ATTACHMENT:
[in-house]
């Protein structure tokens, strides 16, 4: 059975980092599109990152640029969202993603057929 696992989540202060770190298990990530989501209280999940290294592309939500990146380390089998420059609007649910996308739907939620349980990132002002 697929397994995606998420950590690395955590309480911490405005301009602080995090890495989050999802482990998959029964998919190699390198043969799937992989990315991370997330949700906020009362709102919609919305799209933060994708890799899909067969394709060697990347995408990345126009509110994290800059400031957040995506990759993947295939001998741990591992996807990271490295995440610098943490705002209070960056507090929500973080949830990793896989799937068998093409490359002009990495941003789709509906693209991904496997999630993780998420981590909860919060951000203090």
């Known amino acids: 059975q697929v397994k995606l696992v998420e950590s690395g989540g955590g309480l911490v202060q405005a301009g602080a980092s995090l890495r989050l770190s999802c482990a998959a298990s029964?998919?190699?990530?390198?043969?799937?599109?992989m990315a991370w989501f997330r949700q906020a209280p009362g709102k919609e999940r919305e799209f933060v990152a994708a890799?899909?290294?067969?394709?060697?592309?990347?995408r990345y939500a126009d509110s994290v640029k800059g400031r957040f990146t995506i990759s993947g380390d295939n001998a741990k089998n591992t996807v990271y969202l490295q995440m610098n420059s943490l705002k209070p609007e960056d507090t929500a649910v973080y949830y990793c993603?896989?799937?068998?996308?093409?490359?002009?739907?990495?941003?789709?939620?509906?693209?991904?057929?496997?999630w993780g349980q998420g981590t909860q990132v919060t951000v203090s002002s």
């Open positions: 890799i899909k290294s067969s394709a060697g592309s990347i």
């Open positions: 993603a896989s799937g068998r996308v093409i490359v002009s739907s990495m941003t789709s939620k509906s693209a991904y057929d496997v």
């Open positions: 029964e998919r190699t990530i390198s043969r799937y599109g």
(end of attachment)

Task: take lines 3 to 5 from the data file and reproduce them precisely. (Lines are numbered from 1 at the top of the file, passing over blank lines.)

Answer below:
């Known amino acids: 059975q697929v397994k995606l696992v998420e950590s690395g989540g955590g309480l911490v202060q405005a301009g602080a980092s995090l890495r989050l770190s999802c482990a998959a298990s029964?998919?190699?990530?390198?043969?799937?599109?992989m990315a991370w989501f997330r949700q906020a209280p009362g709102k919609e999940r919305e799209f933060v990152a994708a890799?899909?290294?067969?394709?060697?592309?990347?995408r990345y939500a126009d509110s994290v640029k800059g400031r957040f990146t995506i990759s993947g380390d295939n001998a741990k089998n591992t996807v990271y969202l490295q995440m610098n420059s943490l705002k209070p609007e960056d507090t929500a649910v973080y949830y990793c993603?896989?799937?068998?996308?093409?490359?002009?739907?990495?941003?789709?939620?509906?693209?991904?057929?496997?999630w993780g349980q998420g981590t909860q990132v919060t951000v203090s002002s």
């Open positions: 890799i899909k290294s067969s394709a060697g592309s990347i």
């Open positions: 993603a896989s799937g068998r996308v093409i490359v002009s739907s990495m941003t789709s939620k509906s693209a991904y057929d496997v």